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Part 5: How to evaluate your investments

Are you comfortable with your portfolio? Learn how to build the right mix that will let you sleep at night.

It’s important to be comfortable with your investments — do they allow you to sleep at night or are you stressed by the market’s movements?

Different investments react differently to market news and global events. But if the ups and downs are keeping you awake, it’s a sign that your portfolio may not be suitable for you. Building the right portfolio for you means finding the right mix of investments, the mix that will help you achieve your goals within the desired time frame and that you’re comfortable with.

As time passes or things change and your portfolio adjusts, it’s important to ask yourself this question again. Periodically, you need to re-evaluate whether the individual funds and your overall portfolio are best for you.

Your portfolio should be all about you — it’s built to help you achieve your goals over time.

If you’d like some help from a specialist, talk to an MD Advisor* about reviewing your investment portfolio.

PREVIOUS: Part 4 – What makes a good investment portfolioNEXT: Part 6 – Understanding investment fees

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Market Watch Podcasts Are you rethinking risk in these turbulent times? 

You’ve set your goals, you have a portfolio of investments and you’re on the path to saving for your future.

This is great news!

But it doesn’t stop there.

The question you need to ask along the way is “am I on track to meet my goals and does my portfolio represent me?” Investment performance is obviously a part of that but the answer goes beyond a return figure.

It’s important to be comfortable with your investments – do they allow you to sleep at night or is excessive volatility caused by daily market news causing more stress than necessary?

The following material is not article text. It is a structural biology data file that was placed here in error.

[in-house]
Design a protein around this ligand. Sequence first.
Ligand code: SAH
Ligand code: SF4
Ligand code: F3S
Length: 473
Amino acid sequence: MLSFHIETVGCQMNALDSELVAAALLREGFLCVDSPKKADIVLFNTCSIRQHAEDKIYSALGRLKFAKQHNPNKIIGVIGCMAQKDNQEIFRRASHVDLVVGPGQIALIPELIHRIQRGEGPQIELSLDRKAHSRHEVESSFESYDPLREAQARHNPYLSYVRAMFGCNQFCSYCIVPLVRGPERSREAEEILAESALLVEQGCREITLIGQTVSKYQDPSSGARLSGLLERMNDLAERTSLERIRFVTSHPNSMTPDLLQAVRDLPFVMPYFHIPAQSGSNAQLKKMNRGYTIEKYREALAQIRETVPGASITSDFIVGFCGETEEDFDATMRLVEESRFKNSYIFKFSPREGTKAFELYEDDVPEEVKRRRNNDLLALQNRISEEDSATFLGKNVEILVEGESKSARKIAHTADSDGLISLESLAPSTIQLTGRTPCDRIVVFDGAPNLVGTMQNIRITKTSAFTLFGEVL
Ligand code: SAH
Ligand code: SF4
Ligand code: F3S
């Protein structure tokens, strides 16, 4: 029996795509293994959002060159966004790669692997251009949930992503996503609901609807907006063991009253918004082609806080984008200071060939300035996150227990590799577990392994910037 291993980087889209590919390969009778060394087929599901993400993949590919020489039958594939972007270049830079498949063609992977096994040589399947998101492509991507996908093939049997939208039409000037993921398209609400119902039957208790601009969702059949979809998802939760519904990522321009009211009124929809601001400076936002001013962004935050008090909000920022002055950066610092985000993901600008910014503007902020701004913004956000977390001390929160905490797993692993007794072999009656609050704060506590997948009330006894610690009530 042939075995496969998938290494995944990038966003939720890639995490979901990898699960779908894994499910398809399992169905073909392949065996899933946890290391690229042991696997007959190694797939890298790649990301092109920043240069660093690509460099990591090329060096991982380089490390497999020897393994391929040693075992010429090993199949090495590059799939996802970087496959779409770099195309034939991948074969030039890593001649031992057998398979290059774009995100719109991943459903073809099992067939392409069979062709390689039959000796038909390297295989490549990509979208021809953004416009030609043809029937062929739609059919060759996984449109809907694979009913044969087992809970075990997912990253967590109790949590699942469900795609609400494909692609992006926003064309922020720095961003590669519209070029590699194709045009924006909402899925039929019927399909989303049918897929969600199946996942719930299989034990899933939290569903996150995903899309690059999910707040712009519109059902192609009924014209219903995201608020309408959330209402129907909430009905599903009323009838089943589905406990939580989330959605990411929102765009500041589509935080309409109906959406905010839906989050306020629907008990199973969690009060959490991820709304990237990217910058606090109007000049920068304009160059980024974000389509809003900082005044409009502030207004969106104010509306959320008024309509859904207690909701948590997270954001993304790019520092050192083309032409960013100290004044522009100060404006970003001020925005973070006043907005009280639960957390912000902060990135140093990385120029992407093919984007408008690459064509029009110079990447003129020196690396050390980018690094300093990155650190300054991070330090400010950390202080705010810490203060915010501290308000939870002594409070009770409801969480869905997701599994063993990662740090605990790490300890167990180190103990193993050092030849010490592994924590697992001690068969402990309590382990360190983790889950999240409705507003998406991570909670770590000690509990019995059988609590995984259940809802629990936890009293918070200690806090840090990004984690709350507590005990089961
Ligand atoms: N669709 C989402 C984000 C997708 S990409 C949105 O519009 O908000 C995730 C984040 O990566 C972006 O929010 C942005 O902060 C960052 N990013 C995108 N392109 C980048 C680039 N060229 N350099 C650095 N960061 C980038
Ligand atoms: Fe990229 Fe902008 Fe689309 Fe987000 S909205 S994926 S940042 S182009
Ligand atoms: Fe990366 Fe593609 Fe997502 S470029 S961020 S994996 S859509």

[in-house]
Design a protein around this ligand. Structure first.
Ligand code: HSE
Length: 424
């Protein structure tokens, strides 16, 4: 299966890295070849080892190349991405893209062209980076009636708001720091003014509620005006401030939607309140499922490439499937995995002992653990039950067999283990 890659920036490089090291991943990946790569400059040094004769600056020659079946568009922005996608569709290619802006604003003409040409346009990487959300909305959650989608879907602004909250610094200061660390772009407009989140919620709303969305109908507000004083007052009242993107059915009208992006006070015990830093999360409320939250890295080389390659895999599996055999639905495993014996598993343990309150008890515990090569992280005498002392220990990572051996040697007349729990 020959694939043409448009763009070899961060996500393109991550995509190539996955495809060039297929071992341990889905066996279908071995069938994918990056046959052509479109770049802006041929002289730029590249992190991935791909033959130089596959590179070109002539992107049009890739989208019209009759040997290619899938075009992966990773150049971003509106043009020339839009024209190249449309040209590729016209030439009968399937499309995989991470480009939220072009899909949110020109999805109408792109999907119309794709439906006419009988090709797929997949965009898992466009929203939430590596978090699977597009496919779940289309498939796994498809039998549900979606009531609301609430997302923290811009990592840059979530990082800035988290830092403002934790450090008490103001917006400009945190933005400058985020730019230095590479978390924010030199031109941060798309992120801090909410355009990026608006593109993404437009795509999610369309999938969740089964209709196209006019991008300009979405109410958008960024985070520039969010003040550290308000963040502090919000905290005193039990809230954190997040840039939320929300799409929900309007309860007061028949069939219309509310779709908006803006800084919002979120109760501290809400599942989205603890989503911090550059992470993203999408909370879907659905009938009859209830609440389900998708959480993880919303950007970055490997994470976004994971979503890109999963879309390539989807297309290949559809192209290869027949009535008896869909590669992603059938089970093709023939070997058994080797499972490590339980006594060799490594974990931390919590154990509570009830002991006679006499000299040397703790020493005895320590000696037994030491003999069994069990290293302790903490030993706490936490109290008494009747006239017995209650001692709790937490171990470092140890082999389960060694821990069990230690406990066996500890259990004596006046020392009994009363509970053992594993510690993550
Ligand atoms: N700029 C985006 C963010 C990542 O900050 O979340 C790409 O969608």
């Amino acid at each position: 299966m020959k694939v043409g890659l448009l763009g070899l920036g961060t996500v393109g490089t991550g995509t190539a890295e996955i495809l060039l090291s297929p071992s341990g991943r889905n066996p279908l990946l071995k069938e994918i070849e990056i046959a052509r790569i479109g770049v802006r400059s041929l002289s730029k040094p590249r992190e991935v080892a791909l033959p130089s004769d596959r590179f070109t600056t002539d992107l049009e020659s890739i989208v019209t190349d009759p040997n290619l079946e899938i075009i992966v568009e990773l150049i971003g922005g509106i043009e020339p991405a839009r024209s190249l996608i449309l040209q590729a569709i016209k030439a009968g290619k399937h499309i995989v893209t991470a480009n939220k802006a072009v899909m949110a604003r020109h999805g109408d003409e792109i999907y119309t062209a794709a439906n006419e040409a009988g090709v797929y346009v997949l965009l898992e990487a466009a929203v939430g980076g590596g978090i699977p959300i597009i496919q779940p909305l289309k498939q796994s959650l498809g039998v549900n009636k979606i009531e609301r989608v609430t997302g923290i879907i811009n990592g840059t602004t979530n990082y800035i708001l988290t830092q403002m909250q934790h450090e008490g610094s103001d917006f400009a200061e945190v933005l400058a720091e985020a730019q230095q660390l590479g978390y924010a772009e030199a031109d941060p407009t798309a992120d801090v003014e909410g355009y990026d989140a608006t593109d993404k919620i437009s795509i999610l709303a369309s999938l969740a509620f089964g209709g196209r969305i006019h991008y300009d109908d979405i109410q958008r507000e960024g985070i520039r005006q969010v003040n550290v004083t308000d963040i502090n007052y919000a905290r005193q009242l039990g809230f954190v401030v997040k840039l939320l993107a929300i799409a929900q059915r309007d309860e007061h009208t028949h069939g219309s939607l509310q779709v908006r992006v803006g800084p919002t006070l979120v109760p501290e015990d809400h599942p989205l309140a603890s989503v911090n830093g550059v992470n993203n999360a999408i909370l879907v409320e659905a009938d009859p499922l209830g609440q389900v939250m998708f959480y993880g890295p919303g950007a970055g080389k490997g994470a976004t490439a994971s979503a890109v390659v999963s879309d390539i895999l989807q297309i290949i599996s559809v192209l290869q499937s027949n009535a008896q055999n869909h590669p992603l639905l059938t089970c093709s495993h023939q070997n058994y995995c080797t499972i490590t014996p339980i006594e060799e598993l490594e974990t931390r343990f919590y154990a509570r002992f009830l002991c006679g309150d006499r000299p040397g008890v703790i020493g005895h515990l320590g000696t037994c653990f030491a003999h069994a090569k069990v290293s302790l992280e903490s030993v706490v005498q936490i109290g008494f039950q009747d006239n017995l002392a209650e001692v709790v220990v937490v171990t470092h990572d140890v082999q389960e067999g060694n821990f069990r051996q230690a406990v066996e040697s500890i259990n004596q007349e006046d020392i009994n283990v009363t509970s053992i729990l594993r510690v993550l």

Different investments react differently to market news and global events, and therefore serve different purposes in your portfolio. With the right portfolio, this is part of the long-term plan.

But if the ups and downs are keeping you awake, then you might need to make some changes. It’s a sign that your portfolio may not be suitable for you.

Building the right portfolio for you means finding the right mix of investments—stocks, bonds, mutual funds, exchange traded funds etc.—that will help you achieve your goals within the desired timeframe and that you’re comfortable with.

It’s a good idea to get help with this part of the evaluation – talk to your advisor if something about your portfolio is bothering you and inquire about how your portfolio is tracking towards your goals.

If you have a portfolio built with an MD Advisor, each individual mutual fund that makes up your portfolio serves a purpose. You benefit from two levels of professional management—at the individual fund level, where some of the most talented investment managers in the world are hard at work and at the portfolio level, where the funds are combined to represent you, your beliefs and your goals.

As time passes or things change, and your portfolio adjusts, it’s important to ask yourself this question again. Periodically we need to re-evaluate if the individual funds or your overall portfolio is best for you.

With the internet, you can easily access up-to-date performance data for each individual component in your portfolio. Total return data – that is the performance of the investment net of fees—is generally available from company websites and 3rd party data providers.

It’s important to understand that total return shows you how your investments have performed in a specific period in time.  Before comparisons are made, consider the context of the reported figure. Are the total return figures reporting on the same time period? Are their risk profiles comparable? It is important to compare apples to apples. Similarly, it’s unfair to compare your investments to others that are not suitable for you.

MD statements go one step further than industry regulation requires us to, when it comes to reporting and disclosure.  Our statements report personal rate of return net of fees. This is similar to total return with the added consideration of when you bought and sold your investments. This information is also available online through MyMD.

So, now we know that evaluating your investments is more than looking at return data. Your portfolio should be all about you - it’s built to help you achieve your goals over time. Are you riding comfortably on the right track or do you need to make some adjustments? 

For more information about evaluating your investment portfolio or help reviewing your portfolio, get in touch with an MD Advisor. He or she will be happy to answer any questions and tell you more.

* MD Advisor refers to an MD Management Limited Financial Consultant or Investment Advisor (in Quebec), or an MD Private Investment Counsel Portfolio Manager.